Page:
Ways in which ISPS pursues its aims include international and national conferences, real and virtual networks, and publication of the journal Psychosis. The book series is intended to complement these activities by providing a resource for those wanting to consider aspects of psychosis in detail. It now also includes a monograph strand primarily targeted at academics. Central to both strands is the combination of rigorous, in-depth intellectual content and accessibility to a wide range of readers. We aim for the series to be a resource for mental health professionals of all disciplines, for those developing and implementing policy, for academics in the social and clinical sciences, and for people whose interest in psychosis stems from personal or family experience. We hope that the book series will help challenge excessively biological ways of conceptualising and treating psychosis through the dissemination of existing knowledge and ideas and by fostering new interdisciplinary dialogues and perspectives.
For more information about ISPS, email [email protected] or visit our website, www.isps.org.
For more information about the journal Psychosis visit www.isps.org/index.php/publications/journal.
Art Therapy for Psychosis: Theory and Practice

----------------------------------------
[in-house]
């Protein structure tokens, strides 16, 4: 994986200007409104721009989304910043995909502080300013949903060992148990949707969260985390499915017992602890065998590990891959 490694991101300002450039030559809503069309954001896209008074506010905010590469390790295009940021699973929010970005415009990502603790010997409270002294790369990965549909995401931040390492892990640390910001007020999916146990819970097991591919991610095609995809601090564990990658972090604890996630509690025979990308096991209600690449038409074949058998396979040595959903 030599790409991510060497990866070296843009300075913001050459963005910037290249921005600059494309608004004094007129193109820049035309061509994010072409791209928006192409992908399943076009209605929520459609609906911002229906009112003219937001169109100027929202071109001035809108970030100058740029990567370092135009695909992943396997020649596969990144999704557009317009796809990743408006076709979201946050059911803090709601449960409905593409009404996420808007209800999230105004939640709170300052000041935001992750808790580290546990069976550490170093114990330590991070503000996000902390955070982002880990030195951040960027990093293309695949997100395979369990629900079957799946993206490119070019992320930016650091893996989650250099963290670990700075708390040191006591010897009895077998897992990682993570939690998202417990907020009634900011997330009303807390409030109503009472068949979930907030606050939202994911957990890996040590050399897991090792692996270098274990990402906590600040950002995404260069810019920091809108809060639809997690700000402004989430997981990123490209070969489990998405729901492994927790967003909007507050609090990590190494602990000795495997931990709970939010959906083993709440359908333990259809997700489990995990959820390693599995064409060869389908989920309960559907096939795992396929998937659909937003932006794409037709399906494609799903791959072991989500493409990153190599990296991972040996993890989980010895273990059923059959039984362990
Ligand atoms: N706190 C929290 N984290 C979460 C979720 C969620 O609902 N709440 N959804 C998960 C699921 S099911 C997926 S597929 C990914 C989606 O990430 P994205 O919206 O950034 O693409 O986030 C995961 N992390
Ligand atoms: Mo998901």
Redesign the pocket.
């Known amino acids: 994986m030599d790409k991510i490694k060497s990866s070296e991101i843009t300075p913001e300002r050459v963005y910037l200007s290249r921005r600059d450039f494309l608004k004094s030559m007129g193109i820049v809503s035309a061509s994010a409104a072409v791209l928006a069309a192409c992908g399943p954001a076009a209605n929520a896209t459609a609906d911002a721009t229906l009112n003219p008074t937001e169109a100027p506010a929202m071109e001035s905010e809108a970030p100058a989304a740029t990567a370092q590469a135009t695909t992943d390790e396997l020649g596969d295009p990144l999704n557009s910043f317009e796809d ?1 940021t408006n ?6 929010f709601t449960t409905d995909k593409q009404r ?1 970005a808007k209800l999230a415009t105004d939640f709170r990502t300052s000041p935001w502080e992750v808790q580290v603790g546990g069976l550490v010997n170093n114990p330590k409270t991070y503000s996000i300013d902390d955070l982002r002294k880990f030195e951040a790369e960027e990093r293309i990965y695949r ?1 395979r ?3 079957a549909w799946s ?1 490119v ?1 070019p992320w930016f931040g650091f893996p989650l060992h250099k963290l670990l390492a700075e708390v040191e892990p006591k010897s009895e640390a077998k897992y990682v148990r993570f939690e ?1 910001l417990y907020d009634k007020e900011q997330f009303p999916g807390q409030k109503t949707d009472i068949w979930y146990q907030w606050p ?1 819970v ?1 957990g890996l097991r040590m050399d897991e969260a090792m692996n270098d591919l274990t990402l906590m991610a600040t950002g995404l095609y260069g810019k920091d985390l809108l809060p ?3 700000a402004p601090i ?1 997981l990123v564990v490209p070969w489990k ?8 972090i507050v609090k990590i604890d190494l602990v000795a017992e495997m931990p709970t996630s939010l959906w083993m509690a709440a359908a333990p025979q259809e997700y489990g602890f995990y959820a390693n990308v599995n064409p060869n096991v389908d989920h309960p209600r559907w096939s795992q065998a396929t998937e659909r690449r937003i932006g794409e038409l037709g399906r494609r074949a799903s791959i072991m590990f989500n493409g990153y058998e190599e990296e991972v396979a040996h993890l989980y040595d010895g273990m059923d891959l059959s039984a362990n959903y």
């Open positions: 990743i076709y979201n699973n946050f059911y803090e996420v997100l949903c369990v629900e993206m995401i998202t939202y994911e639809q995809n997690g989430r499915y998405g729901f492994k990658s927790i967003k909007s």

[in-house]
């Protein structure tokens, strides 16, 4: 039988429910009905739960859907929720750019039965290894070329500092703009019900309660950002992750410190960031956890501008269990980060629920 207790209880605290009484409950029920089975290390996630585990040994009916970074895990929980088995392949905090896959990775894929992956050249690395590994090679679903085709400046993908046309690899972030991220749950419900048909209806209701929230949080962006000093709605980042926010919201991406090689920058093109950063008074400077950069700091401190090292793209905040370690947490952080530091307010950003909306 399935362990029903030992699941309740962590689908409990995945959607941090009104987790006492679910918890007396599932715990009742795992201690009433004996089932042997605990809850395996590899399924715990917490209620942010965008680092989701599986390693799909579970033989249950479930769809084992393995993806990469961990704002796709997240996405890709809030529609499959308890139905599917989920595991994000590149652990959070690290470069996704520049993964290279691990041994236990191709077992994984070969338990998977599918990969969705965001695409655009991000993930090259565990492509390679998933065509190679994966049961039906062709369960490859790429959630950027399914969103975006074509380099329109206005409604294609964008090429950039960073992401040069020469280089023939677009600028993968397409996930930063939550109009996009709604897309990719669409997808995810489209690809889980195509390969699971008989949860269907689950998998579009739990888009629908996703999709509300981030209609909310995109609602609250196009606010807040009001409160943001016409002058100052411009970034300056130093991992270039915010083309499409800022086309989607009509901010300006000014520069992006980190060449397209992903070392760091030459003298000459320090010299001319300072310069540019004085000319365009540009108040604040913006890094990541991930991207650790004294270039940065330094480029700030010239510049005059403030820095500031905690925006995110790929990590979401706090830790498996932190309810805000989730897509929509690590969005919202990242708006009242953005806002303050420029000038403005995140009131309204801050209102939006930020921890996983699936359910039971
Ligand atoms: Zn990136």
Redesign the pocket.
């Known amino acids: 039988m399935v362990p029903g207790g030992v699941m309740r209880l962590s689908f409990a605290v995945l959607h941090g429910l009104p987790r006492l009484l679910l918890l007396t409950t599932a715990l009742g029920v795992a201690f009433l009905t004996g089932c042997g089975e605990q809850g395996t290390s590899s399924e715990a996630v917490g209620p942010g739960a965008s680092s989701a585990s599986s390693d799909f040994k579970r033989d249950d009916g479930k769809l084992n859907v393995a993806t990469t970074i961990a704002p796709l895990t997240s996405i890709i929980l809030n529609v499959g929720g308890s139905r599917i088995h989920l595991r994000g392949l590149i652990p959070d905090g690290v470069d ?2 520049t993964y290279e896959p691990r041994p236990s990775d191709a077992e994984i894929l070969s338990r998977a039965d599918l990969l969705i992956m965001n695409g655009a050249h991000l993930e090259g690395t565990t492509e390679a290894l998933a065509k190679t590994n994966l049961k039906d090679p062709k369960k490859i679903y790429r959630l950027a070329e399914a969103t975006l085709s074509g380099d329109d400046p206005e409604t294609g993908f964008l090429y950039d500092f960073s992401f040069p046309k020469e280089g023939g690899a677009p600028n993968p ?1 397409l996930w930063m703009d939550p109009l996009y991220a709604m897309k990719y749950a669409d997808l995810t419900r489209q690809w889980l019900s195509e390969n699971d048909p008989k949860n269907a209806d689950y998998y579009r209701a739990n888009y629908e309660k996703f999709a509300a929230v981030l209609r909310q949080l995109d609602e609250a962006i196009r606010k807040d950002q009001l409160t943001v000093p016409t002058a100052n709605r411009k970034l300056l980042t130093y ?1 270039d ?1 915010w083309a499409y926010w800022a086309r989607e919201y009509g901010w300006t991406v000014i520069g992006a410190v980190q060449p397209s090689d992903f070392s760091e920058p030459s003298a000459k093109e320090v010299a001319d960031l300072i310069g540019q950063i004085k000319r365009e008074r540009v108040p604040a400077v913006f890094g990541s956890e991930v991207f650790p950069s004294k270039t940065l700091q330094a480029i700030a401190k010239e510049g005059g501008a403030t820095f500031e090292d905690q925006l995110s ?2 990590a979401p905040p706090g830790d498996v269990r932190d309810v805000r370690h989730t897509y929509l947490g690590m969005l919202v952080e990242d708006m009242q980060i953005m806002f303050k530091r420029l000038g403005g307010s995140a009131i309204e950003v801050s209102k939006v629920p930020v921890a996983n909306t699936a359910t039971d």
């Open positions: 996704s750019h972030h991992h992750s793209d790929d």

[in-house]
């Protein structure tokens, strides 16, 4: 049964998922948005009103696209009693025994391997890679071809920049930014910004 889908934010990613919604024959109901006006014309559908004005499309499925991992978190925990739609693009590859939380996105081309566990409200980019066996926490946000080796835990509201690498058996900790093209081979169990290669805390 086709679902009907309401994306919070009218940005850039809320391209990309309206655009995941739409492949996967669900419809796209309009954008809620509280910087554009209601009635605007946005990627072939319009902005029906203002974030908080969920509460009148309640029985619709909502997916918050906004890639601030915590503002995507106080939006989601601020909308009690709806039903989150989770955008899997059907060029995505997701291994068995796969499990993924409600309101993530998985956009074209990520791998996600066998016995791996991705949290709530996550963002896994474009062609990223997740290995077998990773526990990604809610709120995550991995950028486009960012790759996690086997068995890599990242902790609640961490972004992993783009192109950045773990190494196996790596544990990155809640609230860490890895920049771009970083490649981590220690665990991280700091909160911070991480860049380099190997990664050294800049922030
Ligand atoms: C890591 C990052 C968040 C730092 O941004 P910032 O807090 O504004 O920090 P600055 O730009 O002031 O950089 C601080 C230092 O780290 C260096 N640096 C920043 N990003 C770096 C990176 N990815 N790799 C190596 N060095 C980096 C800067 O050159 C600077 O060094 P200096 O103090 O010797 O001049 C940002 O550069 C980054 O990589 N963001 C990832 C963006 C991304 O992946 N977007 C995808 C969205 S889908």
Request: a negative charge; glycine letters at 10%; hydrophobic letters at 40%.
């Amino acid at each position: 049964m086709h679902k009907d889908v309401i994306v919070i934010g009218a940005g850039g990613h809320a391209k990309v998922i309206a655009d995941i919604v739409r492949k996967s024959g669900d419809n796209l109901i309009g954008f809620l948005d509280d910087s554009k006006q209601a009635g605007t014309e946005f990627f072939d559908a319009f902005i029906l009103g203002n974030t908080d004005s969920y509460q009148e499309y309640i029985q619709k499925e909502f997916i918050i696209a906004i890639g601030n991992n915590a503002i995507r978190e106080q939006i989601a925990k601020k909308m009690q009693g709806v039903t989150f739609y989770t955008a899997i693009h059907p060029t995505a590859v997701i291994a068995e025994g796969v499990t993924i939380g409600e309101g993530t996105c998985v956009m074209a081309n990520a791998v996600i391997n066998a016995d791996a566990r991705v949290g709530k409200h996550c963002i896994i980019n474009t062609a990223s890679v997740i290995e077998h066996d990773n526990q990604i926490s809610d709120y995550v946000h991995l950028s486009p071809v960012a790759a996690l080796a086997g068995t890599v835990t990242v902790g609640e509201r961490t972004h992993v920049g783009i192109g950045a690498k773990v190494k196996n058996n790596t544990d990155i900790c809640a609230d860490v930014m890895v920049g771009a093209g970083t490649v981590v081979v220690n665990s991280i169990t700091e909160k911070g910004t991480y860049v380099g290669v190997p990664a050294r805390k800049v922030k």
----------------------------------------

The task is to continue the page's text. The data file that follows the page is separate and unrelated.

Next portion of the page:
Meaning, Madness and Political Subjectivity: A study of schizophrenia and culture in Turkey
Psychosis and Emotion: The role of emotions in understanding psychosis, therapy and recovery
Katherine Berry, Sandra Bucci, Adam N. Danquah
November 21, 2019
Attachment Theory and Psychosis: Current Perspectives and Future Directions is the first book to provide a practical guide to using attachment theory in the assessment, formulation and treatment of a range of psychological problems that can arise as a result of experiencing psychosis. Katherine...
Peter Taylor, Olympia Gianfrancesco, Naomi Fisher
January 24, 2019
For those struggling with experiences of psychosis, therapy can be beneficial and even life changing. However, there is no single type of therapy, and a great range and diversity of therapeutic approaches have been developed to help different individuals’ needs, which makes deciding which approach...
June 28, 2018
Cognitive Behaviour Therapy (CBT) for psychosis is constantly changing and evolving. Recently, in what is sometimes called the ‘third wave’, therapy has become more concerned with the individual’s relationship to their experience, rather than with the content of it. This more process–orientated...
December 21, 2017